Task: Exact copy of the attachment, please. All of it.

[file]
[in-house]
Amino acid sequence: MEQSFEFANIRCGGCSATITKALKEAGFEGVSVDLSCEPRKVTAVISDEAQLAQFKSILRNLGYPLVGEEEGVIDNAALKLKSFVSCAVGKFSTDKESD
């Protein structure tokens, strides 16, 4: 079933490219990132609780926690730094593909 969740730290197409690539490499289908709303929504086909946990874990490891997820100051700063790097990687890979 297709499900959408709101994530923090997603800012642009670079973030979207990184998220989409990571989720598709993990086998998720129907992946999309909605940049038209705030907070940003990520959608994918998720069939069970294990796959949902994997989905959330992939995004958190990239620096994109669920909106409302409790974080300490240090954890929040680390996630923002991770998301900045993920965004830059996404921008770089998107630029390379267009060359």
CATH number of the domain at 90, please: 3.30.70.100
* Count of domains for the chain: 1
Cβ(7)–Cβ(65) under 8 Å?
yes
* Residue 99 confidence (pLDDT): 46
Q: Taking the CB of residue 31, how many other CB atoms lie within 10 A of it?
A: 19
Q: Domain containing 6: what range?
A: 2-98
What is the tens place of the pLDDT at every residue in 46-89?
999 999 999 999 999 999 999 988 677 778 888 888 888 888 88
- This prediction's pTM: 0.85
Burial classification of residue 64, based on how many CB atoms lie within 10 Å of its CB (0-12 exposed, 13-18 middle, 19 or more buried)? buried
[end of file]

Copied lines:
[in-house]
Amino acid sequence: MEQSFEFANIRCGGCSATITKALKEAGFEGVSVDLSCEPRKVTAVISDEAQLAQFKSILRNLGYPLVGEEEGVIDNAALKLKSFVSCAVGKFSTDKESD
């Protein structure tokens, strides 16, 4: 079933490219990132609780926690730094593909 969740730290197409690539490499289908709303929504086909946990874990490891997820100051700063790097990687890979 297709499900959408709101994530923090997603800012642009670079973030979207990184998220989409990571989720598709993990086998998720129907992946999309909605940049038209705030907070940003990520959608994918998720069939069970294990796959949902994997989905959330992939995004958190990239620096994109669920909106409302409790974080300490240090954890929040680390996630923002991770998301900045993920965004830059996404921008770089998107630029390379267009060359």
CATH number of the domain at 90, please: 3.30.70.100
* Count of domains for the chain: 1
Cβ(7)–Cβ(65) under 8 Å?
yes
* Residue 99 confidence (pLDDT): 46
Q: Taking the CB of residue 31, how many other CB atoms lie within 10 A of it?
A: 19
Q: Domain containing 6: what range?
A: 2-98
What is the tens place of the pLDDT at every residue in 46-89?
999 999 999 999 999 999 999 988 677 778 888 888 888 888 88
- This prediction's pTM: 0.85
Burial classification of residue 64, based on how many CB atoms lie within 10 Å of its CB (0-12 exposed, 13-18 middle, 19 or more buried)? buried